Congress Just Made Buying an Electric Vehicle More Affordable (for Some People)

Before you buy an electric vehicle, check out how a new law might get you a tax break.

sales manager selling electric car to a young couple
Updated May 13, 2024
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Congress recently passed the Inflation Reduction Act, which was signed into law by President Joe Biden.

The act has several provisions that aim to do everything from reducing prescription drug prices to helping lower the cost of health insurance. It also has provisions that both increase corporate taxes and boost the number of IRS employees in hopes of pursuing taxes owed to the federal government.

But one of the biggest parts of the law involves changes to the energy sector. The legislation includes various types of “green” tax credits, including credits for those who buy an electric vehicle.

But before you rush out and buy an electric car, there are some provisions in the law you may want to be aware of first. Knowing which tax credits are available can help you avoid wasting money by preventing you from making a foolish mistake.

What does the EV tax credit cover?

If you’re considering an EV, there is some good news: The IRA extends through 2032 a tax credit of up to $7,500 for buying an electric vehicle.

The tax credit applies to those who purchase all-electric vehicles or hybrid plug-ins, which are vehicles with both a gas engine and a rechargeable battery engine.

The tax credit covers a range of sedans as well as trucks and SUVs.The U.S. Department of Energy has a list of such vehicles on its website.

Laws passed more than a decade ago included a cap on the number of electric vehicles a company could sell before their cars would be ineligible for the tax credit. That 200,000-car limit has already been reached by companies like Tesla and General Motors.

However, the new law eliminates that threshold.

Which vehicles are not covered?

Critics of this new law say there are too many restrictions on which cars are eligible for the credit. In fact, prior to the law’s passage, the Alliance for Automotive Innovation estimated that 70% of vehicles previously eligible for the tax credit would lose that eligibility.

What has changed? First, the final assembly of the vehicles has to take place in the U.S. In addition, a portion of battery components must be manufactured or assembled in America.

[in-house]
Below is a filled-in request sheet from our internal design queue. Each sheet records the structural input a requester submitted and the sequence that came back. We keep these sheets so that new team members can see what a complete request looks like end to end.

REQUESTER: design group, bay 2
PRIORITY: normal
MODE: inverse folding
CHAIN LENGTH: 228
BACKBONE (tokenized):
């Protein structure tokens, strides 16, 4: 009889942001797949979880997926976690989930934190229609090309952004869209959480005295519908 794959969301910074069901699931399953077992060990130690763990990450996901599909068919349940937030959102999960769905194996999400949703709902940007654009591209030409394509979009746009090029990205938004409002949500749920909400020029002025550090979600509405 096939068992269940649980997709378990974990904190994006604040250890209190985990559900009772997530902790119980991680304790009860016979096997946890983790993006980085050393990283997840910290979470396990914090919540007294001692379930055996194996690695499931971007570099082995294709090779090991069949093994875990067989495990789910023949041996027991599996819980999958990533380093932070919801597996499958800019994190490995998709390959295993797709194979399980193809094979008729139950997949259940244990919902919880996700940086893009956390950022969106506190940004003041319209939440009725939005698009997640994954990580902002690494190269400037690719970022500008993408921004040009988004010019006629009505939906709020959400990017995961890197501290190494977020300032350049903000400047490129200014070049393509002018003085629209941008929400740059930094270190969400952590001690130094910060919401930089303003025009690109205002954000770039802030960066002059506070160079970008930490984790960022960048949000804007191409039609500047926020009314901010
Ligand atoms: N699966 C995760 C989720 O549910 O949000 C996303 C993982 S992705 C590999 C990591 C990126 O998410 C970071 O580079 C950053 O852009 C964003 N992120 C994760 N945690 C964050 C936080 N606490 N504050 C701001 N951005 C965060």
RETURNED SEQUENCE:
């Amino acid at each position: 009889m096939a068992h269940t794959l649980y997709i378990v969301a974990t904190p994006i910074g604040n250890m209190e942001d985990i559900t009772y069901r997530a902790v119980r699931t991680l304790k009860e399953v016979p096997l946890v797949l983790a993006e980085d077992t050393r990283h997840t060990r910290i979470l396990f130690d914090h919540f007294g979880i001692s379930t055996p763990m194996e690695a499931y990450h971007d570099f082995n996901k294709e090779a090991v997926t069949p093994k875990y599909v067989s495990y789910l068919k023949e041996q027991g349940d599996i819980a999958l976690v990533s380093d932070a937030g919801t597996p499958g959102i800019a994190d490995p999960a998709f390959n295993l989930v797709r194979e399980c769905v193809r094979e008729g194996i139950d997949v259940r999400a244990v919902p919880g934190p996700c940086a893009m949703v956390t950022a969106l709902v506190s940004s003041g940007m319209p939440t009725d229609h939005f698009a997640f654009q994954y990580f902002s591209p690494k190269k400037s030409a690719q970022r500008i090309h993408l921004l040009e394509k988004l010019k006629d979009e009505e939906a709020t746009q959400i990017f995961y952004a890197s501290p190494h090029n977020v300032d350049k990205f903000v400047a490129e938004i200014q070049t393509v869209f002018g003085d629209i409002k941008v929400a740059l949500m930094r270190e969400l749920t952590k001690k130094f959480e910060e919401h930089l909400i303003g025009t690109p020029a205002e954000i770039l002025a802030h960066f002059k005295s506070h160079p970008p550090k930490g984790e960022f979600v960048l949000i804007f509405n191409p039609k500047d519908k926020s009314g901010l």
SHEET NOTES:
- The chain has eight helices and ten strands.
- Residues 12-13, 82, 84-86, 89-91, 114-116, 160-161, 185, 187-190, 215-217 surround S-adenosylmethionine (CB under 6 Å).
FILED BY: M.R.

In addition, trucks, pickups, and SUVs have to cost less than $80,000 in order to qualify for the credit. Electric cars only qualify if they cost less than $55,000.

Some electric vehicles should still fall under those upper limits. A Tesla Model 3, for example, has a starting price of around $47,000. Ford’s F-150 Lightning pick-up truck has a starting price that is around $40,000.

But any electric vehicle with a manufacturer's suggested retail price that exceeds the above-listed limits would be ineligible for the tax credit.

What about household-income limits?

A buyer’s income is also a factor when determining eligibility. Some buyers who make too much money could be ineligible for the tax credit.

A taxpayer who files as a single-payer with a modified adjusted gross income above $150,000 does not qualify for the tax credit. Married couples filing jointly have a limit of $300,000 before they become ineligible. And if you file as head of household, you also can’t qualify if you make more than $225,000.

These limits may seem high, but those who buy electric cars tend to have large incomes. For example, market research has found that owners of the Tesla X have an average income of more than $146,000 a year.

Overall, almost 80% of Tesla owners are expected to make at least $100,000 in income during 2022. Based on those demographics, it may not be difficult for a Tesla household to breach the income limit of eligibility.

What about used EVs?

What if you’re looking for a car in the used EV market? You still may be eligible for a tax credit.

Used electric vehicles now qualify for the tax credit, but there are some restrictions. First, be aware that the maximum tax credit for used vehicles is less than that of the credit for new vehicles. For used vehicles, it is $4,000 or 30% of the vehicle’s price, whichever is less.

You will also want to check on how old the vehicle is, as a used electric car needs to be at least 2 years old to qualify for the credit. The credit also is limited to used cars that cost no more than $25,000.

Bottom line

If you’re in the market for an electric vehicle, do your research before you go shopping, as you may be able to get a tax credit that could help you pay for a clean-running vehicle that can save you a lot of money on gas.

Remember, there are several rules that determine whether you and your new car are eligible for the tax incentives. You don’t want to be surprised when you find out your new car doesn’t make the cut.

It also might make sense to check and see whether buying an electric vehicle will help you save on car insurance costs, or if you will instead end up paying more. In short, don’t put blinders on and simply assume an EV tax credit will save you money. Be sure to look at the entire financial picture.

Easy Tax Relief Benefits

  • Eliminate your tax debt
  • Potentially reduce the amount you owe
  • Stop wage garnishments and bank levies
  • Communicates with the IRS on your behalf

Author Details

Jenny Cohen

Jenny Cohen is a freelance writer who has covered a bit of everything, from finance to sports to her favorite TV shows. Her work has been featured in The Wall Street Journal, USA Today, and